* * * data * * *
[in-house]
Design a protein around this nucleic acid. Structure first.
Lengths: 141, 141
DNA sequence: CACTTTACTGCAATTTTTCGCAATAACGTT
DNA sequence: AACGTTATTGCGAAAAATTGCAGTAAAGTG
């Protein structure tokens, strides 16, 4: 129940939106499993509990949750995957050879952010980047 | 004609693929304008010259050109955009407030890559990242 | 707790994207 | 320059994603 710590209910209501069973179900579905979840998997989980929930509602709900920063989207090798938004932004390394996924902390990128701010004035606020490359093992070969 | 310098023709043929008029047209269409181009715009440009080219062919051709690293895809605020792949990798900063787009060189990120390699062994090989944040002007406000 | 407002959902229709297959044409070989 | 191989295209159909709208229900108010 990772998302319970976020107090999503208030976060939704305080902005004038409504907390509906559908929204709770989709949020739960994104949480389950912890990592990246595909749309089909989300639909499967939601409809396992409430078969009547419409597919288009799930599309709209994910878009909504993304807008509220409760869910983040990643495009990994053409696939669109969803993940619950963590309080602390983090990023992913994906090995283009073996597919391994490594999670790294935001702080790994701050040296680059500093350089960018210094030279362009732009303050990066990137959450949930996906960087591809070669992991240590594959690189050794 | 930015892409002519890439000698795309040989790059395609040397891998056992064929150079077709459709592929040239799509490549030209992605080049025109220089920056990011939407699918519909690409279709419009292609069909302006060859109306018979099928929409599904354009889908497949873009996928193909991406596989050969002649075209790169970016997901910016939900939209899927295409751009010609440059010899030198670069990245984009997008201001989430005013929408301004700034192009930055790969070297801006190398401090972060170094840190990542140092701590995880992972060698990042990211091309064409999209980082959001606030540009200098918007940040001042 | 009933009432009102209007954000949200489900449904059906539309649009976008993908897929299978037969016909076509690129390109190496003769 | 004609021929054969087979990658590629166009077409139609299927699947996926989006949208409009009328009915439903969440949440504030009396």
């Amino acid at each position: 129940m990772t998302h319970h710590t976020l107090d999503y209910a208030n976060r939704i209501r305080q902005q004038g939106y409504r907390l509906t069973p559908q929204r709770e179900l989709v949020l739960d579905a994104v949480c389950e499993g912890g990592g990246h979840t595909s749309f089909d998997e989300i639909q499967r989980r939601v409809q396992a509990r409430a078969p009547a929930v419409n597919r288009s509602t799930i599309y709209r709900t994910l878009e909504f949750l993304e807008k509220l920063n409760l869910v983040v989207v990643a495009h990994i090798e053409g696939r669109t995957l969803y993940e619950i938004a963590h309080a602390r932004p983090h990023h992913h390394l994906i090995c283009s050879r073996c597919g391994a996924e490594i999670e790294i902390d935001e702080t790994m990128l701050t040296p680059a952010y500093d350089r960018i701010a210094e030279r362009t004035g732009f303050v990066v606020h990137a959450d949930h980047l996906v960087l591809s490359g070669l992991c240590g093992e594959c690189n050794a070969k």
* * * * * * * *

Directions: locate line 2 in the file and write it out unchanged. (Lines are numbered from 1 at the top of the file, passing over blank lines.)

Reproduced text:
Design a protein around this nucleic acid. Structure first.